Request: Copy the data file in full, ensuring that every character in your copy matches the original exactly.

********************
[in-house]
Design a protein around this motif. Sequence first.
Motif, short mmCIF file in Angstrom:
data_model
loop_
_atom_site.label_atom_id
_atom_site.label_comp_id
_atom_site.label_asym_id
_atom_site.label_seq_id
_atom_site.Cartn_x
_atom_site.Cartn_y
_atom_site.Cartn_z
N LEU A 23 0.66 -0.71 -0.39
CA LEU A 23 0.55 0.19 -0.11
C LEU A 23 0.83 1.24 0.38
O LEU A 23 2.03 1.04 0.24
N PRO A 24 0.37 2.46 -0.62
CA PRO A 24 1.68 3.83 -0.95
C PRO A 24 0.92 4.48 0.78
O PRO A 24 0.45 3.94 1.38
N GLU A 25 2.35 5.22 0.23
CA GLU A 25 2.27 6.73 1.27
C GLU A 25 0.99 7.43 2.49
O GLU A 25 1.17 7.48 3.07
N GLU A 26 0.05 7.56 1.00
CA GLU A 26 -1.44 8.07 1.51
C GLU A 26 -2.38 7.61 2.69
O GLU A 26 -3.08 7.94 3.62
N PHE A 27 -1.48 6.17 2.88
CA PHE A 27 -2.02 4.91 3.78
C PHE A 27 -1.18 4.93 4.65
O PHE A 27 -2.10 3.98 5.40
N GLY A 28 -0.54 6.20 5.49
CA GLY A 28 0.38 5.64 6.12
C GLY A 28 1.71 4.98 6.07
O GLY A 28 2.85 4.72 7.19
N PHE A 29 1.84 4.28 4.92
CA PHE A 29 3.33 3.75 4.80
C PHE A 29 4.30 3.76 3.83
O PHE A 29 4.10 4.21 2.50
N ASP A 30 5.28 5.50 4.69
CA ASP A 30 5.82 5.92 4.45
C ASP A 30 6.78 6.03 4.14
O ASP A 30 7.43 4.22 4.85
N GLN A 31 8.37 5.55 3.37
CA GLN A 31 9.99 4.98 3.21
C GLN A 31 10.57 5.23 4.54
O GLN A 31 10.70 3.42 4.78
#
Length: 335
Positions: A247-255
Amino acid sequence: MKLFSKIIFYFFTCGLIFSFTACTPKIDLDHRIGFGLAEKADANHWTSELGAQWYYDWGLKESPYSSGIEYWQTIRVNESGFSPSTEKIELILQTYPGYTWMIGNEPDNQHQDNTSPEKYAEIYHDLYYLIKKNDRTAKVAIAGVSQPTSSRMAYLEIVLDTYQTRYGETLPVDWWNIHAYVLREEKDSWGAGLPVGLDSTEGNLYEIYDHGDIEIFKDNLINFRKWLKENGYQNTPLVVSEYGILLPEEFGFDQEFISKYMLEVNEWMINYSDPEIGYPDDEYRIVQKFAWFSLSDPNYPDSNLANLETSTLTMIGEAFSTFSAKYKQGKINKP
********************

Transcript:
[in-house]
Design a protein around this motif. Sequence first.
Motif, short mmCIF file in Angstrom:
data_model
loop_
_atom_site.label_atom_id
_atom_site.label_comp_id
_atom_site.label_asym_id
_atom_site.label_seq_id
_atom_site.Cartn_x
_atom_site.Cartn_y
_atom_site.Cartn_z
N LEU A 23 0.66 -0.71 -0.39
CA LEU A 23 0.55 0.19 -0.11
C LEU A 23 0.83 1.24 0.38
O LEU A 23 2.03 1.04 0.24
N PRO A 24 0.37 2.46 -0.62
CA PRO A 24 1.68 3.83 -0.95
C PRO A 24 0.92 4.48 0.78
O PRO A 24 0.45 3.94 1.38
N GLU A 25 2.35 5.22 0.23
CA GLU A 25 2.27 6.73 1.27
C GLU A 25 0.99 7.43 2.49
O GLU A 25 1.17 7.48 3.07
N GLU A 26 0.05 7.56 1.00
CA GLU A 26 -1.44 8.07 1.51
C GLU A 26 -2.38 7.61 2.69
O GLU A 26 -3.08 7.94 3.62
N PHE A 27 -1.48 6.17 2.88
CA PHE A 27 -2.02 4.91 3.78
C PHE A 27 -1.18 4.93 4.65
O PHE A 27 -2.10 3.98 5.40
N GLY A 28 -0.54 6.20 5.49
CA GLY A 28 0.38 5.64 6.12
C GLY A 28 1.71 4.98 6.07
O GLY A 28 2.85 4.72 7.19
N PHE A 29 1.84 4.28 4.92
CA PHE A 29 3.33 3.75 4.80
C PHE A 29 4.30 3.76 3.83
O PHE A 29 4.10 4.21 2.50
N ASP A 30 5.28 5.50 4.69
CA ASP A 30 5.82 5.92 4.45
C ASP A 30 6.78 6.03 4.14
O ASP A 30 7.43 4.22 4.85
N GLN A 31 8.37 5.55 3.37
CA GLN A 31 9.99 4.98 3.21
C GLN A 31 10.57 5.23 4.54
O GLN A 31 10.70 3.42 4.78
#
Length: 335
Positions: A247-255
Amino acid sequence: MKLFSKIIFYFFTCGLIFSFTACTPKIDLDHRIGFGLAEKADANHWTSELGAQWYYDWGLKESPYSSGIEYWQTIRVNESGFSPSTEKIELILQTYPGYTWMIGNEPDNQHQDNTSPEKYAEIYHDLYYLIKKNDRTAKVAIAGVSQPTSSRMAYLEIVLDTYQTRYGETLPVDWWNIHAYVLREEKDSWGAGLPVGLDSTEGNLYEIYDHGDIEIFKDNLINFRKWLKENGYQNTPLVVSEYGILLPEEFGFDQEFISKYMLEVNEWMINYSDPEIGYPDDEYRIVQKFAWFSLSDPNYPDSNLANLETSTLTMIGEAFSTFSAKYKQGKINKP